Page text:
Adrian Mathai is the President of AMZA Capital. His company started working with family offices in 2013 to finance a range of business projects and then moved quickly into the financing of investment and commercial real estate.

 

#4. Craig Christensen

Craig Christensen

Hard money lenders appreciate working with organized borrowers. Approach your hard money lender with the following information in-hand at the initial loan request for a quicker decision regarding loan approval for your fix/flip property:

  • purchase price of property
  • pictures of the property or a link to the property listing
  • renovation budget with line items
  • renovation timeline
  • estimated future sales price of property post renovation
  • source of monthly loan payments during renovation and sales periods
  • anything that shows your experience in the fix and flip market.

Craig Christensen is a co-founder of Payette Financial Services LLC . He and the other founder—Matthew T. Moore—both have over 25 years of extensive experience in the commercial loan niche. Initially founded as an Idaho hard money lending institution, Payette Financial Services now operate in more than ten states. The company fulfills the need for honest and reliable commercial private money lenders who can close loans quickly.

 

#5. Michael Nelson

Michael Nelson

To improve your odds of being approved, before requesting a loan, make sure you have an organized plan. This does not have to be complicated or time consuming, but should include:

  • an accepted offer
  • the address of the property
  • photos of the property
  • purchase price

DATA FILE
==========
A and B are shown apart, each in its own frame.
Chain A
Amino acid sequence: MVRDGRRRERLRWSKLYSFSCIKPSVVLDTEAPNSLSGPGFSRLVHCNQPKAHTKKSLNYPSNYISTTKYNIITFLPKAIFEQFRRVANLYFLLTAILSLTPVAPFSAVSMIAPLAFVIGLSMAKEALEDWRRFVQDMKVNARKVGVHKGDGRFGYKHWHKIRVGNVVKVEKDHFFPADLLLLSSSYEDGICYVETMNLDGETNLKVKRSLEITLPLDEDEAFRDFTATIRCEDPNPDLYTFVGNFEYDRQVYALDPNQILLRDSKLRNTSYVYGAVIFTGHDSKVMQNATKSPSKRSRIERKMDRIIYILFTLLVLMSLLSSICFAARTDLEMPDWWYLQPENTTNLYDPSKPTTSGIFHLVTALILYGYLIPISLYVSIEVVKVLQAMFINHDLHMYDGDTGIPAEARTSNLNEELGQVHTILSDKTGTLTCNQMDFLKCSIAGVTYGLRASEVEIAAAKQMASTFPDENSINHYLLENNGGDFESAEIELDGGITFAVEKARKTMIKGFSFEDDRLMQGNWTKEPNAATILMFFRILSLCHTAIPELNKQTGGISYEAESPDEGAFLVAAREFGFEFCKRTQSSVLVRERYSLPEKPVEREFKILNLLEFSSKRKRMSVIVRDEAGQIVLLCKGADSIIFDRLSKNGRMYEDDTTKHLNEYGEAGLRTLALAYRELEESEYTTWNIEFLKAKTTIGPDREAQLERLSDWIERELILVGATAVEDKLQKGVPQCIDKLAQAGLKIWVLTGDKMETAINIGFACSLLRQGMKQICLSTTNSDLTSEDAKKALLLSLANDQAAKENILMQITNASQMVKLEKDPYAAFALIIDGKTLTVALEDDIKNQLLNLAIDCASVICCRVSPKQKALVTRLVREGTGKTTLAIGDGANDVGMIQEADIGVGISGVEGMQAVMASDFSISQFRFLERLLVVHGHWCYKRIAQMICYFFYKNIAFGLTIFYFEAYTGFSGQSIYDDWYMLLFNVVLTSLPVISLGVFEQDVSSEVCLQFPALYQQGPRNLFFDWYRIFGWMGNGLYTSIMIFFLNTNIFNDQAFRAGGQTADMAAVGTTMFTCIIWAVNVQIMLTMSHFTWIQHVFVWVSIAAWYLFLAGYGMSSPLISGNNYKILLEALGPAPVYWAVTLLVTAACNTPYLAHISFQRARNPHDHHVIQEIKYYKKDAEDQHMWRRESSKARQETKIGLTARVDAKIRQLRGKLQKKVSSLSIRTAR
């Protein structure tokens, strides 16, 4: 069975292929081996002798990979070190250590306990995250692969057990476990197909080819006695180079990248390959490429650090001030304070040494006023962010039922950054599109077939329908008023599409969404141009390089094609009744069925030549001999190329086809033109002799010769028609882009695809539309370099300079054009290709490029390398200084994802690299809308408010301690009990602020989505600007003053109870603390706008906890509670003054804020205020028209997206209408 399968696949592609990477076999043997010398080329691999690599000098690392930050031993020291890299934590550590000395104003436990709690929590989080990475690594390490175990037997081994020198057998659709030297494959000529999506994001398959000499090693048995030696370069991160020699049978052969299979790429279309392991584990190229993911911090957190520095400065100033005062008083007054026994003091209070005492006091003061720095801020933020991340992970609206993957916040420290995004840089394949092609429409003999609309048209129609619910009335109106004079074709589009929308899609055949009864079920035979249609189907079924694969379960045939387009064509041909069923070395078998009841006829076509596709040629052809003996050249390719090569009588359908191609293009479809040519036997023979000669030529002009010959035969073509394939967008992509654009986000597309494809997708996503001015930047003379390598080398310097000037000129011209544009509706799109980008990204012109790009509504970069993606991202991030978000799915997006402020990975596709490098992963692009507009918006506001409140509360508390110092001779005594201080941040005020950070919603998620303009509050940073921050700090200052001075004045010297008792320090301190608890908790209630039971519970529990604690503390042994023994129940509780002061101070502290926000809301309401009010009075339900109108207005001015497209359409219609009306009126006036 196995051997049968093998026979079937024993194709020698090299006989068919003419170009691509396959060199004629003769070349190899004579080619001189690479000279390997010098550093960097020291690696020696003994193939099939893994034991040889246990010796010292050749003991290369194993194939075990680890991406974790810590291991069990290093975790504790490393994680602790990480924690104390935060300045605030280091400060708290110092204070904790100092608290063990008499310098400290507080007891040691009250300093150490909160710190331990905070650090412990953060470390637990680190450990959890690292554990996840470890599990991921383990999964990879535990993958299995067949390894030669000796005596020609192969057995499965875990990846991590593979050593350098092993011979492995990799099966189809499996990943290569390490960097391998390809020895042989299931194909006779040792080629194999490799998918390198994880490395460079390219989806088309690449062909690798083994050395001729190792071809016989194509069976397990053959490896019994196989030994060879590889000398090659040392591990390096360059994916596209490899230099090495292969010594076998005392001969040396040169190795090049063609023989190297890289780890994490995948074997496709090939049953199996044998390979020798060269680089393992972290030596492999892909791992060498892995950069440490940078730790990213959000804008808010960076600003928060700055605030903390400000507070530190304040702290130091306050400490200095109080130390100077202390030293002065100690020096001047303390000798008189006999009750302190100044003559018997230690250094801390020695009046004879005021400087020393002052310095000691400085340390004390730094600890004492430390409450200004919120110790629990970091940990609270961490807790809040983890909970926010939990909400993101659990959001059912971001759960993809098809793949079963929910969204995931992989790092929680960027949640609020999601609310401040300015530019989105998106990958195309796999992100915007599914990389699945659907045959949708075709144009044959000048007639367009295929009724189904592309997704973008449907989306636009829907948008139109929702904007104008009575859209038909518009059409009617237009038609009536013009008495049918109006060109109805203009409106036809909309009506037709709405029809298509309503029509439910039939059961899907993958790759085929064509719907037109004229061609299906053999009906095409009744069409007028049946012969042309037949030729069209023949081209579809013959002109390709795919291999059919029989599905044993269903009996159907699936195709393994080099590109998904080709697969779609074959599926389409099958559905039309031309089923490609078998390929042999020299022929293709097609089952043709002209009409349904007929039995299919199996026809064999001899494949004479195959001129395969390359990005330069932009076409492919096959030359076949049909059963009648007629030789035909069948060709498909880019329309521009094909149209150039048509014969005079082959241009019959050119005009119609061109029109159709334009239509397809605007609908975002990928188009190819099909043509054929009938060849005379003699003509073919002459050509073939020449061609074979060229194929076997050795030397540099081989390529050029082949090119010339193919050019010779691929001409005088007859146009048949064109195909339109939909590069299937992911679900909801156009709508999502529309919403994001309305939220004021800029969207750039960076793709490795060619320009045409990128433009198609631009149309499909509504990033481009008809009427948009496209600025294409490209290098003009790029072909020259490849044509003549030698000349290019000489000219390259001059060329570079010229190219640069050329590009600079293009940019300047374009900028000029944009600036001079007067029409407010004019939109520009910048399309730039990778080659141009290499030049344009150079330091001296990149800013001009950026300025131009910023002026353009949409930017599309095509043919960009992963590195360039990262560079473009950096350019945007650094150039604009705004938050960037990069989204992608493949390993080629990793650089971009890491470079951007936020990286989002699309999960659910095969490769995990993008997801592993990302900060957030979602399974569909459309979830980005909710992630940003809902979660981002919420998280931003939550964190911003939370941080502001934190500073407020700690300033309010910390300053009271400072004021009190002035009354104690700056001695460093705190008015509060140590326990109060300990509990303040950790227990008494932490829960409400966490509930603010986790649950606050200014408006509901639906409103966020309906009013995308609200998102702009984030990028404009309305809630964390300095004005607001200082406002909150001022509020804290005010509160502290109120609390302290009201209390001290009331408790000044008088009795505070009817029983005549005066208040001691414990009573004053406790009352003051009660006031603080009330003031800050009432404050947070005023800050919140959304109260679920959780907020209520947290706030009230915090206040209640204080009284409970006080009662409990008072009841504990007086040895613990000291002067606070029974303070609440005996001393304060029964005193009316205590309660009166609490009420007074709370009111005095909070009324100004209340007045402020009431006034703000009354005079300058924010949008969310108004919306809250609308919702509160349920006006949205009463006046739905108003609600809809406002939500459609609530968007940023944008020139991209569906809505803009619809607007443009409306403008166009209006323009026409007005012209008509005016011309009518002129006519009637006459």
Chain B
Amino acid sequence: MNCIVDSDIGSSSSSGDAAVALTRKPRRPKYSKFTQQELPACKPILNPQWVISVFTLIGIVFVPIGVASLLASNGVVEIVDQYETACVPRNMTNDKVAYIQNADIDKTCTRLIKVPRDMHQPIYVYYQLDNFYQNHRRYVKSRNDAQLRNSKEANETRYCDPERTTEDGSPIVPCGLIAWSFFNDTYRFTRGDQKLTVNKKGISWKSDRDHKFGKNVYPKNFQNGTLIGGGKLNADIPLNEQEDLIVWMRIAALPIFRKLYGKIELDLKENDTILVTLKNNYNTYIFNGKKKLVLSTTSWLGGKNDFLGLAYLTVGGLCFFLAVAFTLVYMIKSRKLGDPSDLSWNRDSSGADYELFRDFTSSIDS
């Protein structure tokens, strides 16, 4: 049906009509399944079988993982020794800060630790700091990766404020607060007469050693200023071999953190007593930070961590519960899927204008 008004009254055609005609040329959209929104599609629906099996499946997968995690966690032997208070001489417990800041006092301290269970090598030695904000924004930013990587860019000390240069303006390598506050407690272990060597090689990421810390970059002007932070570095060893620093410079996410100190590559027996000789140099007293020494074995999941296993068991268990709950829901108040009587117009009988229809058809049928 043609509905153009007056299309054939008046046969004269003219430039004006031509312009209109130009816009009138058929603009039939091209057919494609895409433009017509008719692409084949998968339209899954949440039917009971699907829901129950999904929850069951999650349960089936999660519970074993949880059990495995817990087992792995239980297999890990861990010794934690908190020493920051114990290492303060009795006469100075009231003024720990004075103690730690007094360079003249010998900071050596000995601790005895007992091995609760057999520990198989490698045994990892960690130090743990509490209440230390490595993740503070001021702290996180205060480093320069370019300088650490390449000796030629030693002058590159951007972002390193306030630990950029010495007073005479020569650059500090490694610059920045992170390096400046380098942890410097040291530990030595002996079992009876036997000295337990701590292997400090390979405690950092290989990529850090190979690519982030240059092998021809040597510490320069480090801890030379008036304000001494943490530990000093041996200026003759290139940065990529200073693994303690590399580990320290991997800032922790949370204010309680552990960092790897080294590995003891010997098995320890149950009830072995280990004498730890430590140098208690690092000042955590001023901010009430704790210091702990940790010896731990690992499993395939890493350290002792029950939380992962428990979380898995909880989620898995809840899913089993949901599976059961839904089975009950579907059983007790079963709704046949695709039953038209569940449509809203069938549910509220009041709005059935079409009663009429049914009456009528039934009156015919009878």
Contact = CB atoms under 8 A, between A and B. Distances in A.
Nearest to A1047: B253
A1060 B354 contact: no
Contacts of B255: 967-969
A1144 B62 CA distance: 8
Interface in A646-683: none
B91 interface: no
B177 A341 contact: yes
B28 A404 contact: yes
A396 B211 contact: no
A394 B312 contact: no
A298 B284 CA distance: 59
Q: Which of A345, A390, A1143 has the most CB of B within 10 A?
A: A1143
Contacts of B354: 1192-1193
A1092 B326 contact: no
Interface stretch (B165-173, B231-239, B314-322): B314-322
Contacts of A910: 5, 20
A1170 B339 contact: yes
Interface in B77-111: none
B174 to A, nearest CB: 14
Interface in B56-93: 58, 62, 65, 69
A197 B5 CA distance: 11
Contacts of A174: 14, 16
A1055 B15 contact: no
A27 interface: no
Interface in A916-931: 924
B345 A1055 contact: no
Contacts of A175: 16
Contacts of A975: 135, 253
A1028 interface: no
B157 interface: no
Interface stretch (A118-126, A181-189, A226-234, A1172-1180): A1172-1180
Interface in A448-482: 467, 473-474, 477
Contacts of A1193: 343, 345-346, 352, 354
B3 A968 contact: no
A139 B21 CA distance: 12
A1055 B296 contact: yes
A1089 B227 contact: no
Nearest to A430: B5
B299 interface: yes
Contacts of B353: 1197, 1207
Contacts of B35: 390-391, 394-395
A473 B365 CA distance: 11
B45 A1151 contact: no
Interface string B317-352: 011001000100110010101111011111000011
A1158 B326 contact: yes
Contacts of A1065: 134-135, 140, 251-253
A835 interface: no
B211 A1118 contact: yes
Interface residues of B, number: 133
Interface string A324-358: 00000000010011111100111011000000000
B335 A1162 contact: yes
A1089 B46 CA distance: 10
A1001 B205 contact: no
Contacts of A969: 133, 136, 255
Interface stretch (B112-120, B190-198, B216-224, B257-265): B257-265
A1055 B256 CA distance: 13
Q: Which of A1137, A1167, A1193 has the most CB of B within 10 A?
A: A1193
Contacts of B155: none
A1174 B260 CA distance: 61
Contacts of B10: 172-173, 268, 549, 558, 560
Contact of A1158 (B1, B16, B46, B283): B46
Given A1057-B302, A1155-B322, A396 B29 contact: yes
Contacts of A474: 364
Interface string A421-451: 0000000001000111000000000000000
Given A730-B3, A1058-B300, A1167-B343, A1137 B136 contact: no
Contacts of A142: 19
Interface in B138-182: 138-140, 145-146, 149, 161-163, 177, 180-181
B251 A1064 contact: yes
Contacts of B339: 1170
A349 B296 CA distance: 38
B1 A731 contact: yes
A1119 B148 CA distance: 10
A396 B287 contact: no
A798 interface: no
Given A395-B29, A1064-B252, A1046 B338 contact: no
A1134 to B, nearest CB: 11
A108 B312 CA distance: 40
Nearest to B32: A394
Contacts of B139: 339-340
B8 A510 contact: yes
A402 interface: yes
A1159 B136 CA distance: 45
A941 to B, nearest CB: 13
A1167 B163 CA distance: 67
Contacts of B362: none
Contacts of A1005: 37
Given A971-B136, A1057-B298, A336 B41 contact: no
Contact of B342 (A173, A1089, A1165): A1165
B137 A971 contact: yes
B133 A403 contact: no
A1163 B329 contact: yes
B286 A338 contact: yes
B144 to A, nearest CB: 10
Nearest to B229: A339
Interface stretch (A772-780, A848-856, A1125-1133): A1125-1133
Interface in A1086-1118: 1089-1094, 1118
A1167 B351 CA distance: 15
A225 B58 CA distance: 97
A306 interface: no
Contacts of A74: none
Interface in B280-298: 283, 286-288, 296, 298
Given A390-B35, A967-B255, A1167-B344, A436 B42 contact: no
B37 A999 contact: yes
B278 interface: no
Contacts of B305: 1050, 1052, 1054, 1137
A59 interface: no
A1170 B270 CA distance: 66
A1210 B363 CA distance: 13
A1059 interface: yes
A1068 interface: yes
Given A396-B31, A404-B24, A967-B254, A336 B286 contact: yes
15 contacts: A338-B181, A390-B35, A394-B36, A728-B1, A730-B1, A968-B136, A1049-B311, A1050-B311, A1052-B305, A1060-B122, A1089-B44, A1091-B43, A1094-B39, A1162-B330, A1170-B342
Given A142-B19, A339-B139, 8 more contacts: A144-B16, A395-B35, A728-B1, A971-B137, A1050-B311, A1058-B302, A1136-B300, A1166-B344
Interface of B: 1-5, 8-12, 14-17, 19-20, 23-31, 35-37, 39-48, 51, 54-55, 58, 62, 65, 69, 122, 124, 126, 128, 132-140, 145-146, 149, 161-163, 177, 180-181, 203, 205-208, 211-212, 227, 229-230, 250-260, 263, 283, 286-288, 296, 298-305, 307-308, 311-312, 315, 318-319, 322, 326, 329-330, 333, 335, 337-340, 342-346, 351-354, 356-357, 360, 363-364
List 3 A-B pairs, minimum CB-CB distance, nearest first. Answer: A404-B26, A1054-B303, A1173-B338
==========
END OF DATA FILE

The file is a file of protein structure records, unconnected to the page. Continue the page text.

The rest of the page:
• your down payment
  • renovation costs
  • estimated sales price when completed
  • timeline to complete the project.

These are all items you should know after doing your own research on the property, so there’s no extra work.

Everyone is busy and lenders appreciate and respect borrowers who are organized and have a solid plan. A confusing or disorganized loan scenario rarely gets you a positive outcome.

Michael Nelson is the Vice President of Wasatch Credit Association—a family-owned company that serves investors in Utah, Oregon and Vancouver, Washington. Their goal is to give real estate investors the best opportunity to save on interest rates by getting affordable loans with flexible terms.

 

#6. Mike Bonn

Mike Bonn

Know all your numbers before contacting a lender. Knowing these numbers not only helps the lender but also lets you know the costs and expected profits from the flip. What your purchase price is, the budget for the project, value after repairs and the amount you want to borrow.

If you have any past projects that can be shared with your new lender, that will also help. All information and pictures of these past deals from what it looked like when you started and what it looked like when it was sold. Include all basic numbers on these deals to the lender. The more you make the lender feel comfortable the easier it will be to get a loan.

Also shop around and find out the best options for you now and what loans are available. The cost of money is one of the big 3 costs in a project, and you should spend some time finding lenders with lower costs and easy escrow funding. Best of luck!